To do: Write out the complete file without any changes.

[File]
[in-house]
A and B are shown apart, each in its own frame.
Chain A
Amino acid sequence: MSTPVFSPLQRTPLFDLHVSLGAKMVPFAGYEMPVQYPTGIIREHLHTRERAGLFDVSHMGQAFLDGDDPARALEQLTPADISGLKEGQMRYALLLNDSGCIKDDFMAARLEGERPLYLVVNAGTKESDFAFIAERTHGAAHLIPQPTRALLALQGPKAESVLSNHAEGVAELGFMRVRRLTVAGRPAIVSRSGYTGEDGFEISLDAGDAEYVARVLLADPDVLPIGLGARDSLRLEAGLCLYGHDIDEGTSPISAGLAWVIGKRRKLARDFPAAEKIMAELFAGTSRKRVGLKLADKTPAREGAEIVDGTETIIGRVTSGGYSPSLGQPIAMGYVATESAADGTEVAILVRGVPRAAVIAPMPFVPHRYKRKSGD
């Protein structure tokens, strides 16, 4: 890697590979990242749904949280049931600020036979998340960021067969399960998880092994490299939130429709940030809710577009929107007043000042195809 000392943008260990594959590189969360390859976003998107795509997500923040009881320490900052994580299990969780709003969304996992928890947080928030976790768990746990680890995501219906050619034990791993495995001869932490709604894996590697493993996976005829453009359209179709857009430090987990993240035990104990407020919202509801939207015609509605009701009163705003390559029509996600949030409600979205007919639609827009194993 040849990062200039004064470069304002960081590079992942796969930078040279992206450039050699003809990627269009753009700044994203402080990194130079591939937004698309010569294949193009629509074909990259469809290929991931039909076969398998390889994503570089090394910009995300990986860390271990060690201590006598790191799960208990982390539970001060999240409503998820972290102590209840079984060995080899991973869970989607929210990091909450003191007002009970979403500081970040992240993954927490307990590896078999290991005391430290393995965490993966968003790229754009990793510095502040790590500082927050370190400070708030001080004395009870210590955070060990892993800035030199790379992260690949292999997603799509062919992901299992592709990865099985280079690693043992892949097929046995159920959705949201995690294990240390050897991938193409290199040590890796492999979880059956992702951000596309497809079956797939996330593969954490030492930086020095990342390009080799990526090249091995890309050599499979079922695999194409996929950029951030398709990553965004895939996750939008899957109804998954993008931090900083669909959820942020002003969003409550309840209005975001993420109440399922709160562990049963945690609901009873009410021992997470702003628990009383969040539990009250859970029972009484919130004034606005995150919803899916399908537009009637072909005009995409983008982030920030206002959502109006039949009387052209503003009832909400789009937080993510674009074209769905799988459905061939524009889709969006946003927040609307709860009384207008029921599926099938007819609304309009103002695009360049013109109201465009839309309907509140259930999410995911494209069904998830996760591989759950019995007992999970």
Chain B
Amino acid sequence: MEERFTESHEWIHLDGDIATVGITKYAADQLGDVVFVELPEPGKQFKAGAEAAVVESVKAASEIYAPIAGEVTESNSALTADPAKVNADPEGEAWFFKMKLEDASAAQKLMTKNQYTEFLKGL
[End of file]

[in-house]
A and B are shown apart, each in its own frame.
Chain A
Amino acid sequence: MSTPVFSPLQRTPLFDLHVSLGAKMVPFAGYEMPVQYPTGIIREHLHTRERAGLFDVSHMGQAFLDGDDPARALEQLTPADISGLKEGQMRYALLLNDSGCIKDDFMAARLEGERPLYLVVNAGTKESDFAFIAERTHGAAHLIPQPTRALLALQGPKAESVLSNHAEGVAELGFMRVRRLTVAGRPAIVSRSGYTGEDGFEISLDAGDAEYVARVLLADPDVLPIGLGARDSLRLEAGLCLYGHDIDEGTSPISAGLAWVIGKRRKLARDFPAAEKIMAELFAGTSRKRVGLKLADKTPAREGAEIVDGTETIIGRVTSGGYSPSLGQPIAMGYVATESAADGTEVAILVRGVPRAAVIAPMPFVPHRYKRKSGD
């Protein structure tokens, strides 16, 4: 890697590979990242749904949280049931600020036979998340960021067969399960998880092994490299939130429709940030809710577009929107007043000042195809 000392943008260990594959590189969360390859976003998107795509997500923040009881320490900052994580299990969780709003969304996992928890947080928030976790768990746990680890995501219906050619034990791993495995001869932490709604894996590697493993996976005829453009359209179709857009430090987990993240035990104990407020919202509801939207015609509605009701009163705003390559029509996600949030409600979205007919639609827009194993 040849990062200039004064470069304002960081590079992942796969930078040279992206450039050699003809990627269009753009700044994203402080990194130079591939937004698309010569294949193009629509074909990259469809290929991931039909076969398998390889994503570089090394910009995300990986860390271990060690201590006598790191799960208990982390539970001060999240409503998820972290102590209840079984060995080899991973869970989607929210990091909450003191007002009970979403500081970040992240993954927490307990590896078999290991005391430290393995965490993966968003790229754009990793510095502040790590500082927050370190400070708030001080004395009870210590955070060990892993800035030199790379992260690949292999997603799509062919992901299992592709990865099985280079690693043992892949097929046995159920959705949201995690294990240390050897991938193409290199040590890796492999979880059956992702951000596309497809079956797939996330593969954490030492930086020095990342390009080799990526090249091995890309050599499979079922695999194409996929950029951030398709990553965004895939996750939008899957109804998954993008931090900083669909959820942020002003969003409550309840209005975001993420109440399922709160562990049963945690609901009873009410021992997470702003628990009383969040539990009250859970029972009484919130004034606005995150919803899916399908537009009637072909005009995409983008982030920030206002959502109006039949009387052209503003009832909400789009937080993510674009074209769905799988459905061939524009889709969006946003927040609307709860009384207008029921599926099938007819609304309009103002695009360049013109109201465009839309309907509140259930999410995911494209069904998830996760591989759950019995007992999970």
Chain B
Amino acid sequence: MEERFTESHEWIHLDGDIATVGITKYAADQLGDVVFVELPEPGKQFKAGAEAAVVESVKAASEIYAPIAGEVTESNSALTADPAKVNADPEGEAWFFKMKLEDASAAQKLMTKNQYTEFLKGL